June 19 (Reuters) - The S&P 500 approached its record high on Wednesday after the Federal Reserve signaled potential U.S. interest rate cuts later this year, reassuring investors worried that the U.S.-China trade war could stall economic growth. The Dow Jones Industrial Average rose 38.59 points, or 0.15%, to 26,504.13, the S&P 500 gained 8.72 points, or 0.30%, to 2,926.47 and the Nasdaq Composite added 33.44 points, or 0.42%, to 7,987.32. (Reporting by Noel Randwich Editing by James Dalgleish
U.S. stocks ended modestly higher Wednesday after the Federal Reserve left their benchmark interest rate unchanged at a range between 2.25% and 2.50%, but opened the door to rate cuts later this year. The S&P 500 was up 0.3% to end around 2,926. The Dow Jones Industrial Average advanced 29 points, or 0.1%, to finish near 26,504, based on preliminary numbers. The Nasdaq Composite was up 0.4% to finish around 7,987. The U.S. central bank took out the phrase "patience" from its policy statement, and said it stood ready to act appropriately if risks to the economic outlook reared their head. The Fed's interest-rate projections also showed close to half the members of the central bank's policy-making group anticipated two rate cuts this year. The 10-year Treasury note yield fell to 2.02%, its lowest since Nov. 8 2016. In company news, shares of CBS Corp. were up 1% after news reports said the media giant was readying an offer to buy Viacom Inc.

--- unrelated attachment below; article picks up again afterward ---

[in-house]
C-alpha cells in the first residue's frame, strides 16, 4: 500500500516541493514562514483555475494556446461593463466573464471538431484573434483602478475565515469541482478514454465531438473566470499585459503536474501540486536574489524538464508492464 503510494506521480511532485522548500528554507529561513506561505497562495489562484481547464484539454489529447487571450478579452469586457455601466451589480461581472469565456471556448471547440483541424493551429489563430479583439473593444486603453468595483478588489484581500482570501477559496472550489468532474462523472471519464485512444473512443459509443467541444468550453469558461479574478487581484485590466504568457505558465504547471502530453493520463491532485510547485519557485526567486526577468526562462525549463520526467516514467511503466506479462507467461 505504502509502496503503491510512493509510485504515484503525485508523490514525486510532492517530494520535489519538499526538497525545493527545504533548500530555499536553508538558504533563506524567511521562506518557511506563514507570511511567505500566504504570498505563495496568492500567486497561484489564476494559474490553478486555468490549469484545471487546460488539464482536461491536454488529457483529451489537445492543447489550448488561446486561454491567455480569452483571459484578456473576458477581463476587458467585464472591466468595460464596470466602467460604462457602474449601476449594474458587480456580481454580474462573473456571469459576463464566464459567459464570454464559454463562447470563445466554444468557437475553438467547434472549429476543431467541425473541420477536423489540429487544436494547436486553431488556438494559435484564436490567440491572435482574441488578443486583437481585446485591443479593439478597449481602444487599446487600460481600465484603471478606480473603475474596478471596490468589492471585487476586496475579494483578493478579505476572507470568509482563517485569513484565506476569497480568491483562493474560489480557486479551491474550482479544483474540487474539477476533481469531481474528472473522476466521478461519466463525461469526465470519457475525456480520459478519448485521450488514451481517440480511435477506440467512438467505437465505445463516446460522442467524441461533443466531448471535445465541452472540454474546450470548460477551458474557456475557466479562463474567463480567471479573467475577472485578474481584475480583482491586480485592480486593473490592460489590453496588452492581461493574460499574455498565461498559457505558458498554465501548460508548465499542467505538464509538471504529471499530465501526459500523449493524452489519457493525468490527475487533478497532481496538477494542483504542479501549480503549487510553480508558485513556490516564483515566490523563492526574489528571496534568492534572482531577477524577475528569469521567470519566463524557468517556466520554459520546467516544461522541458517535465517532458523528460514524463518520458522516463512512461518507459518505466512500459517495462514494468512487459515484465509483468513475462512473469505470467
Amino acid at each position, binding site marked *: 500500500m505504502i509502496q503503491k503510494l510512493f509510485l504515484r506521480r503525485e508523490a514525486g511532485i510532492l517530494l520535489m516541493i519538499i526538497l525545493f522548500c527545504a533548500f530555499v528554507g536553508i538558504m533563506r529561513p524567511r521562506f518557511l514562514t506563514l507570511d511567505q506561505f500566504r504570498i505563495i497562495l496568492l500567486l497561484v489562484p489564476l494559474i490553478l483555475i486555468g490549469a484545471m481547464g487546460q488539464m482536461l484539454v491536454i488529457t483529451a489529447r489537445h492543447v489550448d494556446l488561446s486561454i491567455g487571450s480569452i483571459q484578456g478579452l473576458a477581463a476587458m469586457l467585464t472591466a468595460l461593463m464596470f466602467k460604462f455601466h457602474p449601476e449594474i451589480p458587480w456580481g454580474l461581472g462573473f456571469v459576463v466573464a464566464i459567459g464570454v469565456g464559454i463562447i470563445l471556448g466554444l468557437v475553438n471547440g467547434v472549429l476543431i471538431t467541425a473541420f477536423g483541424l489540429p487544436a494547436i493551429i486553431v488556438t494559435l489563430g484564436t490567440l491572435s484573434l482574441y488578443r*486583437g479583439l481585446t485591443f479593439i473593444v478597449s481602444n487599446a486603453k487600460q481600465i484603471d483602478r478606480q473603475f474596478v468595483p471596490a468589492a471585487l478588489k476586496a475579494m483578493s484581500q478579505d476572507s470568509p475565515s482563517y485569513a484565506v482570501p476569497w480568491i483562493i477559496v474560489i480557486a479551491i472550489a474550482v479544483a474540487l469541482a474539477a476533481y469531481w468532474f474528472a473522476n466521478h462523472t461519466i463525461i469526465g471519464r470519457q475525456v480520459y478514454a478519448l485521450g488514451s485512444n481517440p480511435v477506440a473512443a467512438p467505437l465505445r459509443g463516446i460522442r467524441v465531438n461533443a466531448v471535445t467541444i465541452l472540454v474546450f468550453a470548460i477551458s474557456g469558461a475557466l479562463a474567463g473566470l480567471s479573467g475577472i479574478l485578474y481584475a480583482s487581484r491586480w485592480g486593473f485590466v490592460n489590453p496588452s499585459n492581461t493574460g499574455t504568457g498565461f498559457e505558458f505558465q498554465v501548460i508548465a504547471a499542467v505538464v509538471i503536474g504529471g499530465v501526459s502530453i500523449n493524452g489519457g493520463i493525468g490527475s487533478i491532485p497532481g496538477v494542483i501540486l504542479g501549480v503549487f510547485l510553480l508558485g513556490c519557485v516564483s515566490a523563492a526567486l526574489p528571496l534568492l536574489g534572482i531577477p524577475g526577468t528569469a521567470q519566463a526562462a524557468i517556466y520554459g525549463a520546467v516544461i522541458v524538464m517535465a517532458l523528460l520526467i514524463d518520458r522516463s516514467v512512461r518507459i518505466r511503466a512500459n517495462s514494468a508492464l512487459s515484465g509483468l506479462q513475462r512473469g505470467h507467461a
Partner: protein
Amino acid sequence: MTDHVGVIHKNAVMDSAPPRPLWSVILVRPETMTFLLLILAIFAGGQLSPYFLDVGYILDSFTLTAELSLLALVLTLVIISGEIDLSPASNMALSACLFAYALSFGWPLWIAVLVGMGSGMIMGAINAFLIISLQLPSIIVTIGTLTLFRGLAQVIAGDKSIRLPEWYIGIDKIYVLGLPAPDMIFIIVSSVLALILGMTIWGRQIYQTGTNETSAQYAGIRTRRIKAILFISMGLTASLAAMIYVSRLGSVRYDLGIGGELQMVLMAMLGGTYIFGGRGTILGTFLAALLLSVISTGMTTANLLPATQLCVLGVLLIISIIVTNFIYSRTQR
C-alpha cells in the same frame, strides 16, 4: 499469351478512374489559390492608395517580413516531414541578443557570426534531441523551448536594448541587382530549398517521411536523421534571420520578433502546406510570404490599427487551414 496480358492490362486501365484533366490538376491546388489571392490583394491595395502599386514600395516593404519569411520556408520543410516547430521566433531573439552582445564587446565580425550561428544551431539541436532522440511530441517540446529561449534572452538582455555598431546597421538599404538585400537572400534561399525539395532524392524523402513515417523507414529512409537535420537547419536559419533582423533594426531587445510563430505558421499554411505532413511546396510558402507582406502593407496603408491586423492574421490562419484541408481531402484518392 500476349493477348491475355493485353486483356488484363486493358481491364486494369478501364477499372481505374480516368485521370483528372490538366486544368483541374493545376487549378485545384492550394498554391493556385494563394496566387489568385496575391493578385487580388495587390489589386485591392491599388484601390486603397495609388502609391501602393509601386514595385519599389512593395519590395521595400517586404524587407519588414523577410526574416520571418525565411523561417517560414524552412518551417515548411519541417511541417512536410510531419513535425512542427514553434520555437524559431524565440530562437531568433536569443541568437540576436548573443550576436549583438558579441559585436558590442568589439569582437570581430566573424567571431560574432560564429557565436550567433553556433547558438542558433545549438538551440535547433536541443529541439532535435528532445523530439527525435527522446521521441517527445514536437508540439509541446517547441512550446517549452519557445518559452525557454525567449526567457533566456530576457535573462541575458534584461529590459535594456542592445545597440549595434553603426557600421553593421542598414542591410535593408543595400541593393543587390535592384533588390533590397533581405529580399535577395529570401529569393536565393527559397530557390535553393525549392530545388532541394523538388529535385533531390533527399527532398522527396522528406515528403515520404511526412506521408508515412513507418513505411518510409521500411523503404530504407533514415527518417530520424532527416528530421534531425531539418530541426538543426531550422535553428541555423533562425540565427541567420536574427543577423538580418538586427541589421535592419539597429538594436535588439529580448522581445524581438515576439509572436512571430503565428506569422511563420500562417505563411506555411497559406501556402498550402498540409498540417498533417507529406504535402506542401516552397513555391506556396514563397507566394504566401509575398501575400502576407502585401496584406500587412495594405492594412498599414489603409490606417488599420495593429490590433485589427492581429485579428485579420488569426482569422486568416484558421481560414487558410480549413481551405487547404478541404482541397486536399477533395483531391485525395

The Federal Reserve chose to leave interest rates unchanged at the conclusion of its two-day meeting, a widely expected outcome that nevertheless left the door open for a rate cut if the economy weakens.